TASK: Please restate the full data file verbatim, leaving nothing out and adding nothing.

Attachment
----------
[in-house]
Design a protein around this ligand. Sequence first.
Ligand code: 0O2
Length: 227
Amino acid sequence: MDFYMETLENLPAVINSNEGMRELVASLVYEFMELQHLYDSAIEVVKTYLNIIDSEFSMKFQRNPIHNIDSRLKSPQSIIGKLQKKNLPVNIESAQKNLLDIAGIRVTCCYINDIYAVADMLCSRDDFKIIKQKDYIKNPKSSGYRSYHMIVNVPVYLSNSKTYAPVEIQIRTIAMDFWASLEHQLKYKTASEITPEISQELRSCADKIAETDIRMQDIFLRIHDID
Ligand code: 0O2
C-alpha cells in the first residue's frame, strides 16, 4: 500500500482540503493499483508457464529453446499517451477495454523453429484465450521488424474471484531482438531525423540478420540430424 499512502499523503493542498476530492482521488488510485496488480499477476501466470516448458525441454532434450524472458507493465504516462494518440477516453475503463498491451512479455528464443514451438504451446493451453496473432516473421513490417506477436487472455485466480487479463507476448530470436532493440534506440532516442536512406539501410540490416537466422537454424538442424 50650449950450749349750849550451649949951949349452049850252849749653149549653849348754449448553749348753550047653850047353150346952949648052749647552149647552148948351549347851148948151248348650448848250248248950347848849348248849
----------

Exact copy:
[in-house]
Design a protein around this ligand. Sequence first.
Ligand code: 0O2
Length: 227
Amino acid sequence: MDFYMETLENLPAVINSNEGMRELVASLVYEFMELQHLYDSAIEVVKTYLNIIDSEFSMKFQRNPIHNIDSRLKSPQSIIGKLQKKNLPVNIESAQKNLLDIAGIRVTCCYINDIYAVADMLCSRDDFKIIKQKDYIKNPKSSGYRSYHMIVNVPVYLSNSKTYAPVEIQIRTIAMDFWASLEHQLKYKTASEITPEISQELRSCADKIAETDIRMQDIFLRIHDID
Ligand code: 0O2
C-alpha cells in the first residue's frame, strides 16, 4: 500500500482540503493499483508457464529453446499517451477495454523453429484465450521488424474471484531482438531525423540478420540430424 499512502499523503493542498476530492482521488488510485496488480499477476501466470516448458525441454532434450524472458507493465504516462494518440477516453475503463498491451512479455528464443514451438504451446493451453496473432516473421513490417506477436487472455485466480487479463507476448530470436532493440534506440532516442536512406539501410540490416537466422537454424538442424 50650449950450749349750849550451649949951949349452049850252849749653149549653849348754449448553749348753550047653850047353150346952949648052749647552149647552148948351549347851148948151248348650448848250248248950347848849348248849